And this is where the Mail can, for once, claim some superiority over the rest: the next sentence begins with the woman's name: Milly Johnson. We aren't told what she does, where she comes from, how old she is, or anything else about her. But we do have a name and, more importantly, a small face shot in which she is looking directly at the camera. In other words, the photographer (who is not credited) or the reporter Liz Hull actually spoke to her. So Ms Johnson will have known that she might appear in the newspaper today.

But what about the Indy, the Telegraph and the Express? They didn't know who she was or anything about her - or if they did, they didn't share the information with the reader. To them she was just a "filly" or a "punter" or a "merry reveller". Chris Riches of the  Express perhaps produced the most respectable first-day-of-the-National- weekend  report  in that it had more facts in it than most - Coleen's win for a start - but did he know that Ms Johnson was champagne-soaked or did he just assume she was tipsy?

Many women dress for  big race meetings in the hope of being photographed, and with Ladies' Day today, you can be sure tomorrow's papers will be full of fashion verdicts.
But it troubles me that we as journalists are taking too much for granted. Just because a woman is dressed up for an occasion doesn't mean she's giving tacit permission for her every move to be open to  public examination. Is it now the case that the purchase of a ticket means the sale of your privacy, that you are required to subject yourself to the judgment of the masses?
"Oh come on, look at what she was wearing...that halter neck dress, that hemline, those heels.."
Is that the argument? That used to be the dodgy defence in rape cases in the Fifties and Sixties: if a woman dressed "provocatively" she was "asking for it". 
Scrutiny by the press is obviously not rape. But are today's women "asking for it" just because picking an outrageous outfit is part of the fun of a big day out?
We have seen the ladette culture, the Ibiza shame, the TOWIE brigade and we know that some women do not set great store by acting with decorum. But how dare we make assumptions about people we don't know just because they are showing a bit of flesh, wearing high heels and - heaven forfend - are in Liverpool?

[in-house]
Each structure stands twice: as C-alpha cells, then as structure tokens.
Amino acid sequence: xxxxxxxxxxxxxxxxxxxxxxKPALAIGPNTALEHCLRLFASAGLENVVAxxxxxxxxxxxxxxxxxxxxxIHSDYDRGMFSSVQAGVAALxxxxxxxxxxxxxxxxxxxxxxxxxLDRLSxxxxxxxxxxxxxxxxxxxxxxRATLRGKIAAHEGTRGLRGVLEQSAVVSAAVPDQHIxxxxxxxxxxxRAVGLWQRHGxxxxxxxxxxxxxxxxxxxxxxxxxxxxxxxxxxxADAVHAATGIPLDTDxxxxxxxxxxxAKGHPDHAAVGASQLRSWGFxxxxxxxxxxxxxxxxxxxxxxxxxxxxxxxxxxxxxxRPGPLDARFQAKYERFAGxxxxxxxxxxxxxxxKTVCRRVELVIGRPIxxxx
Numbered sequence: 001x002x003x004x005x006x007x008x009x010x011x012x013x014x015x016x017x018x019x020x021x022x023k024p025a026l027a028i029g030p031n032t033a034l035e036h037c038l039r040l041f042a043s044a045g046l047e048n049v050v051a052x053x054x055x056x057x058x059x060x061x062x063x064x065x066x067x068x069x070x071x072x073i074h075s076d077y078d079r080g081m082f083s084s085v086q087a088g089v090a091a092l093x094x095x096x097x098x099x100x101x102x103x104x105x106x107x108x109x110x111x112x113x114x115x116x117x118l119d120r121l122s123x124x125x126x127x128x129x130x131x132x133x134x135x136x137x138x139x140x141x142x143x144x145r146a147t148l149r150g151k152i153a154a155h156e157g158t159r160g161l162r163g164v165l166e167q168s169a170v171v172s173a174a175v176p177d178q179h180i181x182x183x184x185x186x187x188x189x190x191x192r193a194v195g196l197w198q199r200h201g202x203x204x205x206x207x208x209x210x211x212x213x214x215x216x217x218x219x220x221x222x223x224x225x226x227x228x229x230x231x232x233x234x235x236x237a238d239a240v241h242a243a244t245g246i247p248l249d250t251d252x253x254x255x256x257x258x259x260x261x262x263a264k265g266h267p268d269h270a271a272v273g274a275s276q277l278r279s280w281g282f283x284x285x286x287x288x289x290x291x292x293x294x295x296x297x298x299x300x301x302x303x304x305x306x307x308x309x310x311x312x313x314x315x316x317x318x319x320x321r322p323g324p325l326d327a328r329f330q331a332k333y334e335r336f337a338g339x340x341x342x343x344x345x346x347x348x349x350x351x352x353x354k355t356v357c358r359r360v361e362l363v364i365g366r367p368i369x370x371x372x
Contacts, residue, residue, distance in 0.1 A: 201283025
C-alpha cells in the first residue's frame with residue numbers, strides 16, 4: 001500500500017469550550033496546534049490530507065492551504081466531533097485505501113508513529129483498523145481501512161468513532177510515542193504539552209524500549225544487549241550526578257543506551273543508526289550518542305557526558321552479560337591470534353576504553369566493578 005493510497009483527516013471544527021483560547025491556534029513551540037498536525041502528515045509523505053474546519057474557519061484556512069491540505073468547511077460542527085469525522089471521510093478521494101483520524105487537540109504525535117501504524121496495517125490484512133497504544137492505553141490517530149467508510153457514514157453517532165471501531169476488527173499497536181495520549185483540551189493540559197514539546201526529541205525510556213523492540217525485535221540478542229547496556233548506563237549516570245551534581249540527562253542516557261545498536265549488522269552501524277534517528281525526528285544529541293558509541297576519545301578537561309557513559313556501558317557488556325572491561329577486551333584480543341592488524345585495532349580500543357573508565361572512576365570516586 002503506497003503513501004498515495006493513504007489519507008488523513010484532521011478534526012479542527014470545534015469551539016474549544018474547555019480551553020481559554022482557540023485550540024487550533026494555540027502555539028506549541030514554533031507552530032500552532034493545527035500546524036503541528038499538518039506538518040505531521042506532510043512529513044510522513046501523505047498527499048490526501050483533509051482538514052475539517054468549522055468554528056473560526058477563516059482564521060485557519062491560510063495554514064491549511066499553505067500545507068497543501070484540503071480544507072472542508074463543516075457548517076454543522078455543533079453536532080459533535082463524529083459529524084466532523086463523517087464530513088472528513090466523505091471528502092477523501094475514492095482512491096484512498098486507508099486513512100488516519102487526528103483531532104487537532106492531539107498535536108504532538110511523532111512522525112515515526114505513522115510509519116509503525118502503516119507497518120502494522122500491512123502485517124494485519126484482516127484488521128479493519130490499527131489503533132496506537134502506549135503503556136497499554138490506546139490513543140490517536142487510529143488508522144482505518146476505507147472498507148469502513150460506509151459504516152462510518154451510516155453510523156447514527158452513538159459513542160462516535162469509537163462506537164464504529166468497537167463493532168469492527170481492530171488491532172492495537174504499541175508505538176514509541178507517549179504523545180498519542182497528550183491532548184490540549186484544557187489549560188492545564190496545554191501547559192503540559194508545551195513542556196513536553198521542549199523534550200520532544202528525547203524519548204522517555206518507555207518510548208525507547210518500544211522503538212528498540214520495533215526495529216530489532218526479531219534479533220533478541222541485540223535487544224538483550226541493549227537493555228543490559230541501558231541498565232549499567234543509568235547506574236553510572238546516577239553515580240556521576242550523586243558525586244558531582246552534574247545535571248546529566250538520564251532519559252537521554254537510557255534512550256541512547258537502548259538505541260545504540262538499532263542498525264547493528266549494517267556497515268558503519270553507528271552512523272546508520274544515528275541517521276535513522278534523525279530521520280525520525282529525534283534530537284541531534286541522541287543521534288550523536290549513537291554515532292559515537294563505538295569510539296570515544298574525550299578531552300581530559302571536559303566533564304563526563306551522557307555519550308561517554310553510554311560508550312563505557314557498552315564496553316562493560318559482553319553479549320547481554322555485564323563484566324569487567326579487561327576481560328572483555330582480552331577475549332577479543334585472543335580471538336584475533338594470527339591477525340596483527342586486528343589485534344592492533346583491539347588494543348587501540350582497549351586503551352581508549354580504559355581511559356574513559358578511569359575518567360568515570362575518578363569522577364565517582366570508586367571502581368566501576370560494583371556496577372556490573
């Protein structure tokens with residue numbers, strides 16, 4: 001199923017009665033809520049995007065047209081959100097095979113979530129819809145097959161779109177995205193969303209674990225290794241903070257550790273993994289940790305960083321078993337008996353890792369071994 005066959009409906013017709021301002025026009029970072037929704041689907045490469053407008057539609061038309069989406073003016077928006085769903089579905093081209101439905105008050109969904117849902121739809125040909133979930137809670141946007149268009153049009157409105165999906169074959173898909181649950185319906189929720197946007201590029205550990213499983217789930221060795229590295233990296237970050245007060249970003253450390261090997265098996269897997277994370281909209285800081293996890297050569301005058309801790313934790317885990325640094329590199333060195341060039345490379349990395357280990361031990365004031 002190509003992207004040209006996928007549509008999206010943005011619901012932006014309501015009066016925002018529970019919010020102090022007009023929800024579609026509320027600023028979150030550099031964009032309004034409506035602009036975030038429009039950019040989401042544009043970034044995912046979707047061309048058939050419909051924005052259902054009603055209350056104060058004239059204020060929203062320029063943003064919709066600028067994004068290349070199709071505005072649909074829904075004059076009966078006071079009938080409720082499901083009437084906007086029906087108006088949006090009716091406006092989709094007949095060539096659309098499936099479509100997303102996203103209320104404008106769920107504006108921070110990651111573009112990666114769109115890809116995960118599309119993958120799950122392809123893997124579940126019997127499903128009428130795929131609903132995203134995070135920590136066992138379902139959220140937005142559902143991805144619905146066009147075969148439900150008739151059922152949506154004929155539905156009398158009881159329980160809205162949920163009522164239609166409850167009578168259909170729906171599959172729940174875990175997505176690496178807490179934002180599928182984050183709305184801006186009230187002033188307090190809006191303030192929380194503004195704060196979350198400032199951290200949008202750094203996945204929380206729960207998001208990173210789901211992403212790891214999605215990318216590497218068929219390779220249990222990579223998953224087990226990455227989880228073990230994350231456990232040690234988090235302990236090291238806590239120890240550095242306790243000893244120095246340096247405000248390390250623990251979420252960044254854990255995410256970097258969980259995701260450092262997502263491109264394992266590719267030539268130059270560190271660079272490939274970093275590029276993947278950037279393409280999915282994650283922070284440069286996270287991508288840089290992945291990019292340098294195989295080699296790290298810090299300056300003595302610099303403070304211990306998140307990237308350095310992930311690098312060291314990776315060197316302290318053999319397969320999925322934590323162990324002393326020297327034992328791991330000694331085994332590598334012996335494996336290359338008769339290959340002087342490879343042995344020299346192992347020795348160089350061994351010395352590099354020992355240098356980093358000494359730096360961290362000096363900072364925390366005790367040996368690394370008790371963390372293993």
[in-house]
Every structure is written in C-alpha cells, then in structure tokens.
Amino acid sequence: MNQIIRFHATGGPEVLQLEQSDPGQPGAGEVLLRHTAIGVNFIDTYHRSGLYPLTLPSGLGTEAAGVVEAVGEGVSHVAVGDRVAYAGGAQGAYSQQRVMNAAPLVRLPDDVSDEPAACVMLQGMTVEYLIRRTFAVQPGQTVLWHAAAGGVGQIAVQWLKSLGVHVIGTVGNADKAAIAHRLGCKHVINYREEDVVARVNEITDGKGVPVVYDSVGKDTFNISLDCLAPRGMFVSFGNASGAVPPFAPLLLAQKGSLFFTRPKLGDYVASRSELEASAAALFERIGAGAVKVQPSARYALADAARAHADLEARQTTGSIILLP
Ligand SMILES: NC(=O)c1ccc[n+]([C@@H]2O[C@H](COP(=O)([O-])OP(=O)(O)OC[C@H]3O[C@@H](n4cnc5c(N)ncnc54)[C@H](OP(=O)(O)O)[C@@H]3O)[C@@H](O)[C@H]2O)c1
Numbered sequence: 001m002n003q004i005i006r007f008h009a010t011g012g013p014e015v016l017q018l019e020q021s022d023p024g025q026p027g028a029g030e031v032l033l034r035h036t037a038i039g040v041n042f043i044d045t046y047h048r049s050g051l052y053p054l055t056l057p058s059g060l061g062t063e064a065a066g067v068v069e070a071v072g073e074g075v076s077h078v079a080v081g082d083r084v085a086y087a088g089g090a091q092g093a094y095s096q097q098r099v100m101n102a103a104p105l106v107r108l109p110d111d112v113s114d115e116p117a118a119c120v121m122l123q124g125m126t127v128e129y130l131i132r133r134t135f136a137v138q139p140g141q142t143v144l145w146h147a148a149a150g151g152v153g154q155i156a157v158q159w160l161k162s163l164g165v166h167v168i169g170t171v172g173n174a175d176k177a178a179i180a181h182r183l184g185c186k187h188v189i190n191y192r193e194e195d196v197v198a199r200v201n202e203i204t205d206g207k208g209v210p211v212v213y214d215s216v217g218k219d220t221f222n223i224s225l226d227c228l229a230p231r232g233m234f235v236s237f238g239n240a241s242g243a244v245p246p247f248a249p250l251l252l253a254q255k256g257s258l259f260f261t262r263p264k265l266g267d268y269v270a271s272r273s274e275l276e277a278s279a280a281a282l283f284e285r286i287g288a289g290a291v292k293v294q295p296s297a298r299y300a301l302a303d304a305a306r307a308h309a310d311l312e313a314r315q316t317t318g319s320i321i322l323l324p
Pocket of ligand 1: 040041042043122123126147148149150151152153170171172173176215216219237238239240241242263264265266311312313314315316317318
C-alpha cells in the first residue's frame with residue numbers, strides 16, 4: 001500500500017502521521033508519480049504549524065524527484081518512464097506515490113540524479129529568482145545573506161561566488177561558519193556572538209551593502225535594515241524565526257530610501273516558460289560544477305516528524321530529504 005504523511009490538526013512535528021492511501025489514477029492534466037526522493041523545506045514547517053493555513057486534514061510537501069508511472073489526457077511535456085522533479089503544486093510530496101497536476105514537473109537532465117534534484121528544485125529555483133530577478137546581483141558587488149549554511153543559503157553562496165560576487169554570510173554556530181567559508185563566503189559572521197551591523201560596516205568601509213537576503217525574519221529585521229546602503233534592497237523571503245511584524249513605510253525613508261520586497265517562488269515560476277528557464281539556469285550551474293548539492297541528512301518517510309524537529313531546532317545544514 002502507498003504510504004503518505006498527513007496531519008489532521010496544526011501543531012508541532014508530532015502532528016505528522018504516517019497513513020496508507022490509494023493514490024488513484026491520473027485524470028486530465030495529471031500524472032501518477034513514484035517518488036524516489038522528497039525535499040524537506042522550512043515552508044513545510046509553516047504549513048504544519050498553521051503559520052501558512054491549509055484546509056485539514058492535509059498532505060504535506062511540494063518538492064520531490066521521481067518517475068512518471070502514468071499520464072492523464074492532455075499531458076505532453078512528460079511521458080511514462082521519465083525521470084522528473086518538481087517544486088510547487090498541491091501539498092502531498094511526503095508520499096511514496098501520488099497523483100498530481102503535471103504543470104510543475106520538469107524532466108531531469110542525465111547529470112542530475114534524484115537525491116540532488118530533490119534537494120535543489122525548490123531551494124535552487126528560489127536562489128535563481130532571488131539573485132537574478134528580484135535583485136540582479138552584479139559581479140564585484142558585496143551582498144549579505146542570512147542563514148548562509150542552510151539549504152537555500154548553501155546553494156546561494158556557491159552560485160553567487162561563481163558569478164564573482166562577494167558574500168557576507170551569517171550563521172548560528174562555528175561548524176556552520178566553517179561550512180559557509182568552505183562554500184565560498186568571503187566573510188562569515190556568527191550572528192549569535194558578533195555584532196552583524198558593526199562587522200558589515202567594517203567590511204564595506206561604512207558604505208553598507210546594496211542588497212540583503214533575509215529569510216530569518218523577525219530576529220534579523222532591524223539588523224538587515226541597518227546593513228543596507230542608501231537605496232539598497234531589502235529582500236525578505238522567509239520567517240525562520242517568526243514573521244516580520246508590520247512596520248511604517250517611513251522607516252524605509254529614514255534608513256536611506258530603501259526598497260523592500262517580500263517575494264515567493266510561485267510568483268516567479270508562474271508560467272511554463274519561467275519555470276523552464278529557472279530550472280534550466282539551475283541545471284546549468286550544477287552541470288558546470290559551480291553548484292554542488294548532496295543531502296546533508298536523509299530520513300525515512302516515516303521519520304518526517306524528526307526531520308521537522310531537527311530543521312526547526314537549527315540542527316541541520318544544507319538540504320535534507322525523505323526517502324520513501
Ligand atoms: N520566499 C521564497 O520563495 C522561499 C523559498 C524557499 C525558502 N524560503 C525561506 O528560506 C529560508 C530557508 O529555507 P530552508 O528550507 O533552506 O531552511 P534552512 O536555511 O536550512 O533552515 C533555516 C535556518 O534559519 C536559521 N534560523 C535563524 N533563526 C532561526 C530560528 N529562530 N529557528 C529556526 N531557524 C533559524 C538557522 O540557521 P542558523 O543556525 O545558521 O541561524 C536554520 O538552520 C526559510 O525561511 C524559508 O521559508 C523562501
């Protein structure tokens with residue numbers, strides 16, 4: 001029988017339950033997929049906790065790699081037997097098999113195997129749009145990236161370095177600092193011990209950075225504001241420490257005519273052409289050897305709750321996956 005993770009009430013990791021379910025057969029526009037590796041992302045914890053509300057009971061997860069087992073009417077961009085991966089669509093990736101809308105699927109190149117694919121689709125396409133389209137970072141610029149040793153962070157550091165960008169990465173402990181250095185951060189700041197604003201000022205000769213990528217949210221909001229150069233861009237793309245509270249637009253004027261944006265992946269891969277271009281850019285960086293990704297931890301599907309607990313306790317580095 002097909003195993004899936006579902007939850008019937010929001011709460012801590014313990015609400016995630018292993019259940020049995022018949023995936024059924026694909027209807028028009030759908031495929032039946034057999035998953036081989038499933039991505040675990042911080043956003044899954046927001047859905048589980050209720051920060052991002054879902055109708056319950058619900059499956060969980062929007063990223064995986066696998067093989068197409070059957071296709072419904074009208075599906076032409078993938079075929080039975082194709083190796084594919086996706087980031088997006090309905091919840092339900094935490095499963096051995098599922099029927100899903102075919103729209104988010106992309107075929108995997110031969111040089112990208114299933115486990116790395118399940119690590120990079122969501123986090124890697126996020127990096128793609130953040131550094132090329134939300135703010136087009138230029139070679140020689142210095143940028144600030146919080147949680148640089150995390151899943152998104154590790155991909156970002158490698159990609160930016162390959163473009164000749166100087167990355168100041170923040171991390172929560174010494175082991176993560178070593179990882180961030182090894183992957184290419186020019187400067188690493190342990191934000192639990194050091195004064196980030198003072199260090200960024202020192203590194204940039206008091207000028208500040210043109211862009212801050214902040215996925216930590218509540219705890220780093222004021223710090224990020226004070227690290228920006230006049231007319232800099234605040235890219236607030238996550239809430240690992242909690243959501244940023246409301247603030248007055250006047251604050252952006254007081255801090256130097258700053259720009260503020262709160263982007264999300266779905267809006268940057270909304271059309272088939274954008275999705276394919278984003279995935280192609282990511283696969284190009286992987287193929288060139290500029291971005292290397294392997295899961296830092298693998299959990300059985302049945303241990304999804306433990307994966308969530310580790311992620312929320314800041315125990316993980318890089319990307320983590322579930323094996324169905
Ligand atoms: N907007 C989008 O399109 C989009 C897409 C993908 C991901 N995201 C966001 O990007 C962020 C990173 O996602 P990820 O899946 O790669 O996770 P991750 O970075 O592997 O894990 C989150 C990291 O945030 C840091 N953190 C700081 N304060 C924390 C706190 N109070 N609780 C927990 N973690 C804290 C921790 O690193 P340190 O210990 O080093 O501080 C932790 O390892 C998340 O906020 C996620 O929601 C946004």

And the language. It's so derogatory. 
The Times, in common with The Guardian and The Sun, chose not to use the photographs of Ms Johnson, focusing instead on the Rooneys. But then Russell Jenkins  blew it this afternoon with this patronising prose on The Times website: 

Punters could get 9-1 on Clare Balding bursting into tears during the BBC's last John Smith's Grand National broadcast, and millions will be wagered on Katie Walsh to become the first woman to win the world's greatest steeplechase
But, as ever, the annual parade of Scouse fillies tottering past the Winner’s Bar at Aintree, in Merseyside, on Ladies’ Day on the second day of the Aintree Festival remains beyond price.

Scouse fillies tottering? Why are we treating people with so little respect?

When Agyness Deyn falls over on the catwalk in London Fashion Week, comment is legitimate: it's her job to wear high heels. She's paid a great deal of money to do so.
Ms Johnson is not, so far as we know. We have no reason or excuse for turning her into a figure of fun.

Business as usual?